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anger (v.)

c. 1200, "to irritate, annoy, provoke," from Old Norse angra "to grieve, vex, distress; to be vexed at, take offense with," from Proto-Germanic *angaz (source also of Old English enge "narrow, painful," Middle Dutch enghe, Gothic aggwus "narrow"), from PIE *anghos, suffixed form of root *angh- "tight, painfully constricted, painful."

In Middle English, also of physical pain. Meaning "excite to wrath, make angry" is from late 14c. Related: Angered; angering.

anger (n.)

mid-13c., "hostile attitude, ill will, surliness" (also "distress, suffering; anguish, agony," a sense now obsolete), from Old Norse angr "distress, grief, sorrow, affliction," from Proto-Germanic *angaz (from PIE root *angh- "tight, painfully constricted, painful"). Cognate with German Angst. Sense of "rage, wrath" is early 14c.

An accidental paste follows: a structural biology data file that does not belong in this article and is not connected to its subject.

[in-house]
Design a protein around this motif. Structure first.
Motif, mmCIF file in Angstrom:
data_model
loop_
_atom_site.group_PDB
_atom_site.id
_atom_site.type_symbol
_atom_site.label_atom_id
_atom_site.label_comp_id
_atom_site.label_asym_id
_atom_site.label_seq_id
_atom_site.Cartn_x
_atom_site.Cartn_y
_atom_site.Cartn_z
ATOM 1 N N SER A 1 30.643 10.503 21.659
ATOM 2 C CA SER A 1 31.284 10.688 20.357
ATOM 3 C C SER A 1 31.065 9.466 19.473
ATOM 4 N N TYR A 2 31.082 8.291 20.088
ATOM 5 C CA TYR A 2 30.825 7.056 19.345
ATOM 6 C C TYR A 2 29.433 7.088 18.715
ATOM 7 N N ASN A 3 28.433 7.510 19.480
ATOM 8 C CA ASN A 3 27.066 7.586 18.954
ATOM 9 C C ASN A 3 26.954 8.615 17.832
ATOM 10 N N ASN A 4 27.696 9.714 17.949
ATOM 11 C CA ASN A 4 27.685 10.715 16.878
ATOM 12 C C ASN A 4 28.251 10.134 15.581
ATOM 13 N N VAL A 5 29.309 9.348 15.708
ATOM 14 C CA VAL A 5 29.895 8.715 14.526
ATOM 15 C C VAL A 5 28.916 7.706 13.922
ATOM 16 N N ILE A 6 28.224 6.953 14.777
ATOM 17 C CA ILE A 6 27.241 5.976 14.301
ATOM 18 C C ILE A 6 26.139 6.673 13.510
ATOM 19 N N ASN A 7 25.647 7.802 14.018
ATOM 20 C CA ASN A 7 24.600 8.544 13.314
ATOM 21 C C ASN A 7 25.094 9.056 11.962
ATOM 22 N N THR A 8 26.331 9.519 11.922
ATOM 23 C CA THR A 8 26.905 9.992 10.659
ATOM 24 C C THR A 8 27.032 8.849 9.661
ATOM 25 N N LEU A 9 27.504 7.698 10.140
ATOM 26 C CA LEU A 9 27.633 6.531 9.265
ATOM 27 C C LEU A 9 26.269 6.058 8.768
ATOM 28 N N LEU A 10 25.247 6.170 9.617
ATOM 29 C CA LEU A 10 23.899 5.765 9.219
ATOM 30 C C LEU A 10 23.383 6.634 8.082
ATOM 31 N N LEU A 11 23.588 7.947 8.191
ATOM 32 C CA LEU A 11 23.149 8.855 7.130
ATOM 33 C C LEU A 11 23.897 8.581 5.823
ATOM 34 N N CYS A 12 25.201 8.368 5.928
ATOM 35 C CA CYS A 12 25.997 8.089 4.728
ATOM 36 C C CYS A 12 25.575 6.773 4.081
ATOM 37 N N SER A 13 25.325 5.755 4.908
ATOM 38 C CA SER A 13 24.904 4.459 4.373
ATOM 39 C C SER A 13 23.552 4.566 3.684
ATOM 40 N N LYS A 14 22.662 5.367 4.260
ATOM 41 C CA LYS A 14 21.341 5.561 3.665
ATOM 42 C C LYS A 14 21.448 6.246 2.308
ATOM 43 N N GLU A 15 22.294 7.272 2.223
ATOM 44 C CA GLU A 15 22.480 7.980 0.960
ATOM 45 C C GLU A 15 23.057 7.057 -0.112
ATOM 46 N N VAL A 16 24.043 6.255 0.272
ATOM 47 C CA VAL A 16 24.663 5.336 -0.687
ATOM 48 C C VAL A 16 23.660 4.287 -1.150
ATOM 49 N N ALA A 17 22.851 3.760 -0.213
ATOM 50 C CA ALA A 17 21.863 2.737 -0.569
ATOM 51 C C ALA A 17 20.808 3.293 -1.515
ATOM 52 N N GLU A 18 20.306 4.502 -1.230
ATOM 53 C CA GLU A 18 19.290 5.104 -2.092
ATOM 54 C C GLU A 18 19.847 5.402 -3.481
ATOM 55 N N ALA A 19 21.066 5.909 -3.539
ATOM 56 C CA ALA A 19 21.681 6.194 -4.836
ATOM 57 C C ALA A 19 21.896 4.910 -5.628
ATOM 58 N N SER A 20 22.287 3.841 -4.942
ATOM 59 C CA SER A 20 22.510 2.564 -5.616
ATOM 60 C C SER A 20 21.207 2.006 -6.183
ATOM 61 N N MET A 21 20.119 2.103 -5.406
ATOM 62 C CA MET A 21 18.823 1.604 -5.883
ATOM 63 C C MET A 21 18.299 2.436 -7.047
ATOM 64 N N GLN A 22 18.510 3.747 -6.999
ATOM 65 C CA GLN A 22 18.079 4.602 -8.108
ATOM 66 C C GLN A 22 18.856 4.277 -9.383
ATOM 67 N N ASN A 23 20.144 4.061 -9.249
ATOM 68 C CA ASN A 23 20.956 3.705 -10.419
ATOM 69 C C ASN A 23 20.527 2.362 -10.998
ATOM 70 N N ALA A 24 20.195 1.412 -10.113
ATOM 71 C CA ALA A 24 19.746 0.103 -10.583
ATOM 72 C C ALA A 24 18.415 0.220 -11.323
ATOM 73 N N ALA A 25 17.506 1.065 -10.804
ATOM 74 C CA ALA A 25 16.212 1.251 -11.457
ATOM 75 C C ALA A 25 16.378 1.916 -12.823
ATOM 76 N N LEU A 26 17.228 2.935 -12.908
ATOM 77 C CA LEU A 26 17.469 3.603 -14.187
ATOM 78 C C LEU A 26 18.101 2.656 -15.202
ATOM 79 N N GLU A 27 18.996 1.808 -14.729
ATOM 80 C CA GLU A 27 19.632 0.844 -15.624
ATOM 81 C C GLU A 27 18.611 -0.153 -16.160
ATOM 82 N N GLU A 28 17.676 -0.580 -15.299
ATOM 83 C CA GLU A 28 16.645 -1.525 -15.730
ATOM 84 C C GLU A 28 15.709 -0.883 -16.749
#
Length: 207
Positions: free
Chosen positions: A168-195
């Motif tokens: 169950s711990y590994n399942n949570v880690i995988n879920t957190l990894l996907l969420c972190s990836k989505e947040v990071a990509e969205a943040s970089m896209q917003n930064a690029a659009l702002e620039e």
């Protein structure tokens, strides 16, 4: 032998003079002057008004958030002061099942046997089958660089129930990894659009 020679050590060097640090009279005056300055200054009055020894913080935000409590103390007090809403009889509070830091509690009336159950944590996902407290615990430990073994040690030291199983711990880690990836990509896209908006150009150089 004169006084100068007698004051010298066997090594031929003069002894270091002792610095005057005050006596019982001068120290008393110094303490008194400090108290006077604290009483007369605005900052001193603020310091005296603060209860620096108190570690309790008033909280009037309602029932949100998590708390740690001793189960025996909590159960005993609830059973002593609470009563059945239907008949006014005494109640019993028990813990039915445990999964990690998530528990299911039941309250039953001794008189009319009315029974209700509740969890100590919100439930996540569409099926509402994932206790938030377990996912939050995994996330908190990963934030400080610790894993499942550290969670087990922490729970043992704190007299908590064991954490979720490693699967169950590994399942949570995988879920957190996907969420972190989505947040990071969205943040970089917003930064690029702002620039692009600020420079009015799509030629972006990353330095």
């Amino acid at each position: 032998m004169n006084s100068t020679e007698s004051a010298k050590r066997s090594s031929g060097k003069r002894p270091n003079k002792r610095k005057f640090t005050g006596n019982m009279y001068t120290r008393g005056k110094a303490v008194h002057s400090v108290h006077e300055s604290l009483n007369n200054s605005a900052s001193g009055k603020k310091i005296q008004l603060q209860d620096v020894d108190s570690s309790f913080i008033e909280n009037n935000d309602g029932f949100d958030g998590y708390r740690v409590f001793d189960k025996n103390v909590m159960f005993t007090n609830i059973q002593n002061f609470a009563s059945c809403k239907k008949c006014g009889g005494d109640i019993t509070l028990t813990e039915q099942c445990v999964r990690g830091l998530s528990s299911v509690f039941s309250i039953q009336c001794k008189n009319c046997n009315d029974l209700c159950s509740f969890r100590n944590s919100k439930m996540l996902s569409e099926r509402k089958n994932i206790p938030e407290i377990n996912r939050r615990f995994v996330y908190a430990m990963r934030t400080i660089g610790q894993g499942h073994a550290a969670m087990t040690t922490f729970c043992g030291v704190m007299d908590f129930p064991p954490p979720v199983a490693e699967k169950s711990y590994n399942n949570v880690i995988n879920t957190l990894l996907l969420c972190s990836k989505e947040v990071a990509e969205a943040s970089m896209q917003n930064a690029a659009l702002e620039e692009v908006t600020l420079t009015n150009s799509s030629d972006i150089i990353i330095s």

From the sense of oppression, or injury, the expression was transferred to the feelings of resentment naturally aroused in the mind of the person aggrieved. In the same way, the word harm signifies injury, damage in English, and resentment, anger, vexation in Swedish.
The idea of injury is very often expressed by the image of pressure, as in the word oppress, or the Fr. grever, to bear heavy on one. [Wedgwood]

Old Norse also had angr-gapi "rash, foolish person;" angr-lauss "free from care;" angr-lyndi "sadness, low spirits."

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